August 10, 2002

More idiocy over at

Yesterday I wrote about the mind numbing experience that is reading Phil Rogers' thoughts on the NL MVP race.

Apparently whatever Rogers has is rubbing off on other columnists.

Sean McAdam breaks down the AL MVP race in his most recent column.

Now, I'm not going to bash McAdam like I did with Rogers, because, well, Phil Rogers makes Sean McAdam look like Bill James.

But, he did say some "interesting" things...

Who is his choice for MVP? None other than my favorite player, Torii Hunter.

McAdam discusses some of the reasons why Hunter should win (defense, baserunning, hitting, etc) and then says:

"The case against: Hunter's RBI total (72) is off and he doesn't steal as many bases (17) as other athletic players do."

His RBI total is "off"? What does that even mean?!

He is on pace to drive in 100 runs! And he is doing it with Jacque Jones (.326 OBP) batting leadoff and Cristian Guzman (.292 OBP) batting 2nd.

He doesn't steal as many baseball as "other athletic" players do? Other athletic players?! He has got to kidding me.

Hunter is currently 11th in the league in steals, with 18.

Anyway, I won't give him too much crap for what he says about Hunter. After all, he did pick him as the MVP, so what he says in his "case against" doesn't mean a whole lot.

Here is what McAdams has to say about the Yankees' candidates...

On Alfonso Soriano:

"But for now, he'll likely be handicapped by being part of such a star-studded team."

and on Jason Giambi:

"The case against: The Yankees won before Giambi. They're winning with Giambi. They'll win after Giambi. See the point? Good as Giambi is, he's joined a powerhouse and it's hard to quantify his impact."

I am not going to comment on this at the moment, I just want you to remember what he said.

Basically that they are on a team that is a little too good, so they shouldn't be MVP.

Remember that, okay?

Next up, we have McAdam on Ichiro!:

"The case against: Compelling as he is to watch -- at the plate, on the bases and in the field -- Ichiro is also, let's face it, pretty much a singles hitter offensively. He fails to make a dent in any of the run production/power categories. Matched against some of the more punishing hitters in the league, Ichiro comes up short."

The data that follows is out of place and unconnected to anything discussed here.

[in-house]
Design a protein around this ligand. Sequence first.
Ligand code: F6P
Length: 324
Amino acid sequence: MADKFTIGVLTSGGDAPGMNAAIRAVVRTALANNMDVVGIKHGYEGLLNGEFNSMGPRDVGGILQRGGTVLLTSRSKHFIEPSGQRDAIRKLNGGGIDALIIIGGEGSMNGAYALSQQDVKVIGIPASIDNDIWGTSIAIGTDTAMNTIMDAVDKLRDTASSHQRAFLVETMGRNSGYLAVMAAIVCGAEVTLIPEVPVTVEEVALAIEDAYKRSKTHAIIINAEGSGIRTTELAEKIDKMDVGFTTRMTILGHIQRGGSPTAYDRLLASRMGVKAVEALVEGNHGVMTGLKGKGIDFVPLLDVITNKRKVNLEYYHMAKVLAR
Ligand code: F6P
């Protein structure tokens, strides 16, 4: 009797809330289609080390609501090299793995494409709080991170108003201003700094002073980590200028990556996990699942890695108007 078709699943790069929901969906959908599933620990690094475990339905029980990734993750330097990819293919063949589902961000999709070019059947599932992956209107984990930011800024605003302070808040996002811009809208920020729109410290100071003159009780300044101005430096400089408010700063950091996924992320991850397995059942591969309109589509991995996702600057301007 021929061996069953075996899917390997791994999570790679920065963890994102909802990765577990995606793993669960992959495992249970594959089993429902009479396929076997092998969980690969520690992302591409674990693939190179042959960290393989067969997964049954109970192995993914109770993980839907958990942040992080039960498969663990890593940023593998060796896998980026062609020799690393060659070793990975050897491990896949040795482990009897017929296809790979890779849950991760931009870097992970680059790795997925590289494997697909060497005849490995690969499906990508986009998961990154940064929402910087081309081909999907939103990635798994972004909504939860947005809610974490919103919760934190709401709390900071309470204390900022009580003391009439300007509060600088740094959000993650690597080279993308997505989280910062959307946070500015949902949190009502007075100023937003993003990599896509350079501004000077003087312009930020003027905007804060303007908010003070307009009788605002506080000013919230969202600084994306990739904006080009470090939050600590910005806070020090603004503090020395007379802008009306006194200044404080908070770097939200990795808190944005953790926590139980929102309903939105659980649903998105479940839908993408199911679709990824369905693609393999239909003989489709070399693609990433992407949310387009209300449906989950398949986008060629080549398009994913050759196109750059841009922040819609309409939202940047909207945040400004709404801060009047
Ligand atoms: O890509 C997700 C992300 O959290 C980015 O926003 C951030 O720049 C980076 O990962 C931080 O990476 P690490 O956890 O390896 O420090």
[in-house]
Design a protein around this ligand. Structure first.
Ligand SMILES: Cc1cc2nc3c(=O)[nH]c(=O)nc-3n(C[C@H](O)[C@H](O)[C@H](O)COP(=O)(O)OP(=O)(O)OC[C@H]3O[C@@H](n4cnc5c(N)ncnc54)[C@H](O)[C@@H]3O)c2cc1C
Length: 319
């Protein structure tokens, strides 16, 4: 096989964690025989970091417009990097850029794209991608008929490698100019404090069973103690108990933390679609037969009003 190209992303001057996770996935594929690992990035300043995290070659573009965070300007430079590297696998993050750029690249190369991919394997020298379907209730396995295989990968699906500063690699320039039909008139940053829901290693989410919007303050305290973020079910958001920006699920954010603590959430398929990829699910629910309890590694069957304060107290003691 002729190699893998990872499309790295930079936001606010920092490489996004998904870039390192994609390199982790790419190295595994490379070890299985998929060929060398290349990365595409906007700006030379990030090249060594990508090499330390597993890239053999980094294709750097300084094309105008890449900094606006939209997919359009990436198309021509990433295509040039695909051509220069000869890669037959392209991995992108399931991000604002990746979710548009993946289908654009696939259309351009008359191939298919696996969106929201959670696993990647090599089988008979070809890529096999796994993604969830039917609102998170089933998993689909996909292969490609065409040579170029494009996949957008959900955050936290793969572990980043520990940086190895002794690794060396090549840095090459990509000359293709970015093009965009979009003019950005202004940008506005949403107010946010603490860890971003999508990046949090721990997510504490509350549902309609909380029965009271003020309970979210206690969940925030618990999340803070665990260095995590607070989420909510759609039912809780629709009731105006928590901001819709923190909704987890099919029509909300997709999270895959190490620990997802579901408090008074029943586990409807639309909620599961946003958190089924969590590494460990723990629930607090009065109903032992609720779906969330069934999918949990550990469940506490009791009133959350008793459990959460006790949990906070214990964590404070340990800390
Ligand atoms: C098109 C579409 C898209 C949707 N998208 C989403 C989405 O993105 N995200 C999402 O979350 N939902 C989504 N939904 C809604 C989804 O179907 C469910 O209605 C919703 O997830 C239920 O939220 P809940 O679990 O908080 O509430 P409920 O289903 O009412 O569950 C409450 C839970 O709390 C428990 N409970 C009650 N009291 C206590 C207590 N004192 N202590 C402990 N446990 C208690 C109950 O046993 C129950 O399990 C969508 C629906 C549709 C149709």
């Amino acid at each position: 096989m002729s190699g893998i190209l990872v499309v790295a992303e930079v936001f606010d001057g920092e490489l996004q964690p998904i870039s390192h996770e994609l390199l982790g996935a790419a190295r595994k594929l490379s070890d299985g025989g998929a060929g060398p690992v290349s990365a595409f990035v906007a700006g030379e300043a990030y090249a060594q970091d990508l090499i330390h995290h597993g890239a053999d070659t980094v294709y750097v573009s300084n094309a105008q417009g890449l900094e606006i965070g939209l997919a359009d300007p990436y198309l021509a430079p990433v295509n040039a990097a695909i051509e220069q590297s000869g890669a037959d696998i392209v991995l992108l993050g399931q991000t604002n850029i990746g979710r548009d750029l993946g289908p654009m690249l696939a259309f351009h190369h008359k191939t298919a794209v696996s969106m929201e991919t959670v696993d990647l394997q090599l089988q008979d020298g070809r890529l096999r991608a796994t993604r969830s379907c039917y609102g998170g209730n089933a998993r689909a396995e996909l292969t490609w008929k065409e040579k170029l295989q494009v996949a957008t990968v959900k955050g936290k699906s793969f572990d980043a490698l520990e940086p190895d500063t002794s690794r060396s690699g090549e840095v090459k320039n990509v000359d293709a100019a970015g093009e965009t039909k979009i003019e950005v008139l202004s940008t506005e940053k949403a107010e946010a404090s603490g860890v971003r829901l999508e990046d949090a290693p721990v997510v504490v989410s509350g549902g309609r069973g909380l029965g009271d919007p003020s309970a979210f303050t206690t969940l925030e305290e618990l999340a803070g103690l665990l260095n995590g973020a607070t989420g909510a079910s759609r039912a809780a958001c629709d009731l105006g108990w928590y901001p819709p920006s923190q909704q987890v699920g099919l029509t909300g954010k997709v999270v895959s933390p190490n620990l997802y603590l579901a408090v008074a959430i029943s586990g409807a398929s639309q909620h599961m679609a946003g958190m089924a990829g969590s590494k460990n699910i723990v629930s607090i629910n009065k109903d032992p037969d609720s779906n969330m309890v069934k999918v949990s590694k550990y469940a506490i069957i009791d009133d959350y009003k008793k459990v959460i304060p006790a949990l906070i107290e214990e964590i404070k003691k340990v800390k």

This is different from last season in which way exactly?

Ichiro! is hitting for almost exactly as much "power" as he did last season (.350 AVG/.457 SLG last year and .346 AVG/.459 this year).

McAdam tries to explain the difference:

"The verdict: Ichiro took the game by surprise in 2001, which generated lots of publicity."

This goes right along with what I said in my entry about Phil Rogers' column.

Sportswriters like to find something new and exciting and pump it up and vote for it.

Then the next year, when the thing they voted for isn't as new or exciting, they find another thing (like a former starting pitcher that has been converted to a closer).

More McAdam on Ichiro!:

"When the Mariners ran off in the AL West [last year] and he was the obvious linchpin. But the Mariners are merely good this year and Ichiro's case as MVP isn't as compelling."

And I also want you to remember what he is saying about Ichiro's team.

That last season they were really really good, so he deserved the MVP, but this season the Mariners are not quite good enough.

And now McAdam on my pick for MVP, Alex Rodriguez:

"The case against: The Rangers are going to finish last in the AL West, albeit in baseball's toughest division. That's not Rodriguez's fault, as he's doing everything -- offensively and defensively -- that could be asked of him. But his team's poor showing gets to the "valuable'' part in the Most Valuable Player equation."

Another thing to remember.

According to McAdam, the Rangers are not good enough for ARod to win the MVP.

McAdam also says about ARod:

"For now, A-Rod will have to be content to simply be the game's best player, hardly a consolation prize. In this era of oversized offensive numbers, it's doubtful we'll ever again see a player from a second-division club named MVP, the way it once happened for Cal Ripken and Andre Dawson."

So ARod is the game's "best player," just not the "most valuable" player. I know some people like to make that argument, but to me, that makes absolutely no sense.

Not to mention the fact that Andre Dawson was not anywhere close to "the game's best player" when he won the MVP.

Anyway, I have a more important revelation to show...

Remember the things I told you to remember? NO?!?! C'mon!

Well, ok, you didn't really have to. I will recap them for you:

Alfonso Soriano plays on a team that is TOO GOOD.

Jason Giambi plays on a team that is TOO GOOD.

Ichiro! plays on a team that is NOT GOOD ENOUGH.

Alex Rodriguez plays on a team that is NOT GOOD ENOUGH.

Torii Hunter plays on a team that is JUST RIGHT.

Does this sound like the story of "Goldielocks and the Three Bears" to anyone but me?

Soriano and Giambi's pourage is TOO HOT.

Ichiro! and ARod's pourage is TOO COLD.

And Torii Hunter's pourage is JUST RIGHT.

Phil Rogers and Sean McAdam should collaborate and write children's books.

Their first one could be called "John Smoltz and the Three Bears."

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